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Performance Area: Strengthen relationships among Aboriginal Peoples and all Canadians, starting with Suncor
We can do more to learn about the history and experiences of Aboriginal Peoples, so that we can better understand one another.
We commit to providing our employees with more training and also more opportunities to participate in cultural experiences. We will measure changes in understanding and behaviours – within Suncor and through the work of the Suncor Energy Foundation’s key partners, like Indspire, Bridges Social Development and Reconciliation Canada.
Strengthening relationships will be an evolution for each of us at Suncor and we have designed many supporting initiatives to enable our employees along the way. We’re focusing on four key areas:
- increasing awareness
- building understanding
- shifting attitudes
- changing behaviours
Aboriginal awareness training
At the end of 2015, we launched our new web-based training to ensure that every employee can have a basic level of awareness about the history and experiences of Aboriginal Peoples across Canada. We developed our own training with input and guidance from partners such as Reconciliation Canada and also our own Aboriginal employees. The training features their stories and perspectives, which has made the information and messages more relatable.
In 2016, approximately 2,200 employees completed the Aboriginal awareness web-based training.
We also offer a more comprehensive classroom session that expands on the awareness created through the web-based training. It builds understanding about the historic and current relationship between Aboriginal Peoples and all Canadians through storytelling and meaningful discussion.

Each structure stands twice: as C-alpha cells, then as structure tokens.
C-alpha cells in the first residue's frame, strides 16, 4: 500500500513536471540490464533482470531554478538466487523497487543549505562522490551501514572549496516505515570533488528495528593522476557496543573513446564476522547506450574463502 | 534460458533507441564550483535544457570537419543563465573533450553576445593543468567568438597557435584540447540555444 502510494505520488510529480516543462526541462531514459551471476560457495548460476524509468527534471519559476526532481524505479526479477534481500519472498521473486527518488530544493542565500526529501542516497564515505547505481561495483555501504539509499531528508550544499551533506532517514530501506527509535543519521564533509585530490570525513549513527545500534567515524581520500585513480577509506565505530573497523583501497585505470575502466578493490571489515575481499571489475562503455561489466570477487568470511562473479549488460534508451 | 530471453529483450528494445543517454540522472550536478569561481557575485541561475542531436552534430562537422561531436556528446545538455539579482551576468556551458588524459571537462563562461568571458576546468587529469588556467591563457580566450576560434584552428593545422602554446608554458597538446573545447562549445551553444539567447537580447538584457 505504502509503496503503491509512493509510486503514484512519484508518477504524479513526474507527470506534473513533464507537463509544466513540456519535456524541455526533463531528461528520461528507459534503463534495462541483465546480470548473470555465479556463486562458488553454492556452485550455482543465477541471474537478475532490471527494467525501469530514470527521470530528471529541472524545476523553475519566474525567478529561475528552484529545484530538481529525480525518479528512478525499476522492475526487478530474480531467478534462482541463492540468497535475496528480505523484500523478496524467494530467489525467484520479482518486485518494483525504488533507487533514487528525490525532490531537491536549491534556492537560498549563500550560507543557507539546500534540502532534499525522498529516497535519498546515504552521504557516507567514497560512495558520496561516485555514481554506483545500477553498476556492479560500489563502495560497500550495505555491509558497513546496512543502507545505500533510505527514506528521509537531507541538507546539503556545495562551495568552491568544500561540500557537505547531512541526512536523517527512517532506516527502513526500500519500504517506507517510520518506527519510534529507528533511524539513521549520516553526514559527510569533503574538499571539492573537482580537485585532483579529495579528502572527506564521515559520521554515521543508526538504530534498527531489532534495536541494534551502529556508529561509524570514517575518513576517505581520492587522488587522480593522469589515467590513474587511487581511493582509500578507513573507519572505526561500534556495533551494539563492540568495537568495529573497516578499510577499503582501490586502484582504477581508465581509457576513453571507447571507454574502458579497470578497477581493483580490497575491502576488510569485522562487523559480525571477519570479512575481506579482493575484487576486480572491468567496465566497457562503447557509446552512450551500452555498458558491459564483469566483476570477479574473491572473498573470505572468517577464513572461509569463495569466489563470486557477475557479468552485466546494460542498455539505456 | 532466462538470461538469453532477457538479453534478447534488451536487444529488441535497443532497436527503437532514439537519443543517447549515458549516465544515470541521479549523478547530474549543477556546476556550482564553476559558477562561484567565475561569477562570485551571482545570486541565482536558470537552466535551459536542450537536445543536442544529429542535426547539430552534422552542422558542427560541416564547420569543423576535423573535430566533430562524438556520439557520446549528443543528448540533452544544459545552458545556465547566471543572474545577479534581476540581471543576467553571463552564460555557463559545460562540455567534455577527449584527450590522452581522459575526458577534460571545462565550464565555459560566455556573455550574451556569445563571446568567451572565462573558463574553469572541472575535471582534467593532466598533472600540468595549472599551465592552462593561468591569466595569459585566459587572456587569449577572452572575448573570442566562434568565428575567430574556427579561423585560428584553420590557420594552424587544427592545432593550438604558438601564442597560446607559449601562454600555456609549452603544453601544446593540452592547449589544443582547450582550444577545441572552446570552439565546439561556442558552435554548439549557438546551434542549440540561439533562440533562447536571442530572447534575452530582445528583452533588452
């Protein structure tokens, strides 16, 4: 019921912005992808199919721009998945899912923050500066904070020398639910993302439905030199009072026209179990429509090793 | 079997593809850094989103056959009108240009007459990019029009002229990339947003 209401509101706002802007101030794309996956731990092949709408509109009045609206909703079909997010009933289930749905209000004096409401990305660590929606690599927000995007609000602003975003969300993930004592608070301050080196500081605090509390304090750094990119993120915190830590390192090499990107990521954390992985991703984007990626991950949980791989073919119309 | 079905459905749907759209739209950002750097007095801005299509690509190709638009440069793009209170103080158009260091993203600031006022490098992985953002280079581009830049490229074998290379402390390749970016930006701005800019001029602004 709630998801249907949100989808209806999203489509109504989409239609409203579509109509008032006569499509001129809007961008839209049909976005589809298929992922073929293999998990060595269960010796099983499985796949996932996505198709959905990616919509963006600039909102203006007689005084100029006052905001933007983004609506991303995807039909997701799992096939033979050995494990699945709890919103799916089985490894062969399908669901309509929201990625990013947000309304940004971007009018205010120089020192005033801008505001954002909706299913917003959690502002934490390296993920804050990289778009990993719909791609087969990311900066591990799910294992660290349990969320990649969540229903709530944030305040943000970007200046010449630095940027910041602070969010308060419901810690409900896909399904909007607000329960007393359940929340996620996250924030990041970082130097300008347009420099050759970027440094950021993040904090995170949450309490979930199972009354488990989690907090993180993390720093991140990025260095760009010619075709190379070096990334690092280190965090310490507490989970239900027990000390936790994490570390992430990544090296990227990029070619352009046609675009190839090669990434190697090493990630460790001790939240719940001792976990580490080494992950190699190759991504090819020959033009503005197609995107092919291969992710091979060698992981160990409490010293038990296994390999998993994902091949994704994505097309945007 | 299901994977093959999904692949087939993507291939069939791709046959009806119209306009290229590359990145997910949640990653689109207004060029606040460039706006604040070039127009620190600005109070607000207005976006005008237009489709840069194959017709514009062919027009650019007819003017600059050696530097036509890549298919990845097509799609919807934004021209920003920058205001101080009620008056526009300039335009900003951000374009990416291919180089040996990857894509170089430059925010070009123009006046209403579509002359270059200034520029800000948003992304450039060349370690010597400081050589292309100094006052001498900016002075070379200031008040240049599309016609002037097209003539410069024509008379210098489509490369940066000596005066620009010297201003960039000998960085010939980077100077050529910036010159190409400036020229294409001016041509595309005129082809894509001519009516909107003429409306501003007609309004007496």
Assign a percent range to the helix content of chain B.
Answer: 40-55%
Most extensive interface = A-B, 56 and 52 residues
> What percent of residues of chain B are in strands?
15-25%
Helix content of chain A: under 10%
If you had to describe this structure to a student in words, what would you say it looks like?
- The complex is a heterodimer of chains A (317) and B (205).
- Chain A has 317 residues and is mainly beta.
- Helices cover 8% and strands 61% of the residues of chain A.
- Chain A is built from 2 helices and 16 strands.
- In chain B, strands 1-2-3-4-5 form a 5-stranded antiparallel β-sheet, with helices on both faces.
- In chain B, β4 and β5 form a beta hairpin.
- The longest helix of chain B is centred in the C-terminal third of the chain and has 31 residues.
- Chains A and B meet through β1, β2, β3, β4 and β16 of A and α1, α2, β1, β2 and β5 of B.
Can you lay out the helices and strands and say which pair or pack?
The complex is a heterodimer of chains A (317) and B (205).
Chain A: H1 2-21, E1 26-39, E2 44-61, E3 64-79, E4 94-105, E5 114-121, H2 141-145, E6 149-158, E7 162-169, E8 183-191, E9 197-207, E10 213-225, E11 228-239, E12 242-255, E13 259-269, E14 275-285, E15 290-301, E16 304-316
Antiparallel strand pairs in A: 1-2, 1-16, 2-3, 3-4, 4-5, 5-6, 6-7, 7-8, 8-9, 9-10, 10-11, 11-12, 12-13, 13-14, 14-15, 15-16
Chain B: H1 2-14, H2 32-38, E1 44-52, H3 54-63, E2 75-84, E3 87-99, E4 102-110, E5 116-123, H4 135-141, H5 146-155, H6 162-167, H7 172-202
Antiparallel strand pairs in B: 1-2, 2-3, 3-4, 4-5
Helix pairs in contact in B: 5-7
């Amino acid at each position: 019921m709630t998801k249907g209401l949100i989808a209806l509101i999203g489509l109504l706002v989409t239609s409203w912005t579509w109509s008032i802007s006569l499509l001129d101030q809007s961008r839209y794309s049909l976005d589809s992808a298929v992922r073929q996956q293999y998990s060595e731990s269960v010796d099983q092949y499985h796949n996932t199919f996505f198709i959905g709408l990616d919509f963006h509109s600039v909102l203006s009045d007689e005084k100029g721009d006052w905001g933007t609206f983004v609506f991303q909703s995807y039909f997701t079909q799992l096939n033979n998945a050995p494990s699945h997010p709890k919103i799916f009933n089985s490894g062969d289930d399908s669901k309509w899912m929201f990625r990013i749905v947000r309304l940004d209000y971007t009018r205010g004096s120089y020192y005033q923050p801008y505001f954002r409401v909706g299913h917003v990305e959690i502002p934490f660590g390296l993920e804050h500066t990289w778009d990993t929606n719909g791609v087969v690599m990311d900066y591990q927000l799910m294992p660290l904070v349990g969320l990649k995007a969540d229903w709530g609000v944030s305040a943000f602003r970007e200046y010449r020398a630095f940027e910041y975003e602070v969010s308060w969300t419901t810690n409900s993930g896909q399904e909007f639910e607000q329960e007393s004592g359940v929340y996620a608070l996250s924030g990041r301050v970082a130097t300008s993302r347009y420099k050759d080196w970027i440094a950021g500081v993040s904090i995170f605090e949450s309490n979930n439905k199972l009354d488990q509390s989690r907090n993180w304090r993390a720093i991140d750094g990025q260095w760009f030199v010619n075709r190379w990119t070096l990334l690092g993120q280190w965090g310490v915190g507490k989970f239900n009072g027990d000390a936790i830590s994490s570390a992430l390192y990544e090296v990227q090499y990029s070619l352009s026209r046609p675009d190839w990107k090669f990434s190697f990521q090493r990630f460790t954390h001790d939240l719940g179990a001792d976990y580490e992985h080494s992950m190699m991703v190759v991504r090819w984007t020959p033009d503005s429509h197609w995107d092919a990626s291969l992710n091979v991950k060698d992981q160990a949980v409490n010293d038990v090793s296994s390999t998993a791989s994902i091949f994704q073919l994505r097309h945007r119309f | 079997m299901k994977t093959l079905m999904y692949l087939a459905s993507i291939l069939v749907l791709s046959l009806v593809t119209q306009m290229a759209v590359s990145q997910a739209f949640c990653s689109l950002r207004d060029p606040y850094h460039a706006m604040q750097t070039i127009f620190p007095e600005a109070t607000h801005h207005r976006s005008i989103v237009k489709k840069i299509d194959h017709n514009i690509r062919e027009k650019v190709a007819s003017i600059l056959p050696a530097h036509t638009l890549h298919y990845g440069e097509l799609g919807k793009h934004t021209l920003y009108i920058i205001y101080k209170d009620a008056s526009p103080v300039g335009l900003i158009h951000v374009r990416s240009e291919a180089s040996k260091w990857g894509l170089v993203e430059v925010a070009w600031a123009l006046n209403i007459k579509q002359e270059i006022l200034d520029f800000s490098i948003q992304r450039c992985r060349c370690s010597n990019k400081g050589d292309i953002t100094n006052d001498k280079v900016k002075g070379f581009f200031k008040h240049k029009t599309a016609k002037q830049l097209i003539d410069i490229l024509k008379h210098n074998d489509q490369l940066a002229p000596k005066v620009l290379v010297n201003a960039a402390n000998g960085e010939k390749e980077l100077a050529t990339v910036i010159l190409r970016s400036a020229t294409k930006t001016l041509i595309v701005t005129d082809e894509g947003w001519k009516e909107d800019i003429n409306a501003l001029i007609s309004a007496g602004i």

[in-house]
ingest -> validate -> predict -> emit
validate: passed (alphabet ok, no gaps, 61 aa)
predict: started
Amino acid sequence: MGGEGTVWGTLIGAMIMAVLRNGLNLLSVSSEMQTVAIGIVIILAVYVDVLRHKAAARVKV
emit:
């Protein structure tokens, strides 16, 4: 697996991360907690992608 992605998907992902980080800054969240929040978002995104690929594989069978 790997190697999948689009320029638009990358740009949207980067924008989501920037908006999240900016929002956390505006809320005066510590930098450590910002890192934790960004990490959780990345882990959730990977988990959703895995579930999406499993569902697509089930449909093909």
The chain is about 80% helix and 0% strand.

Aboriginal employee network
Suncor’s Aboriginal Employee Network (AEN) is our employee resource group that supports advancing Aboriginal inclusion at Suncor. The network is structured around four focus areas, called circles. The Aboriginal Awareness Circle specifically supports cross-cultural sharing by increasing awareness and understanding within Suncor of Aboriginal experiences.
Experiential learning opportunities
We are creating opportunities for employees across Suncor to participate in cultural learning experiences. These experiences enable direct engagement and cultural exchange between Aboriginal and non-Aboriginal people. Examples include participating in community events, such as Treaty Days, or volunteering for specific initiatives, such as leading business development workshops through our partnership with Northeastern Alberta Aboriginal Business Association (NAABA).
Mikisew Cree First Nation Cultural Retreat
Held from Aug. 22-24, 2016 in Fort Chipewyan, the cultural retreat was organized to bring members of the community and local energy companies together to develop connections, cultural understanding and, ultimately, have fun along the way.
Visitors to the community took part in educational and interactive activities, such as best bull and cow moose calls, Cree language challenge, crib tournament, jigging, and arts and crafts as part of the two-day event.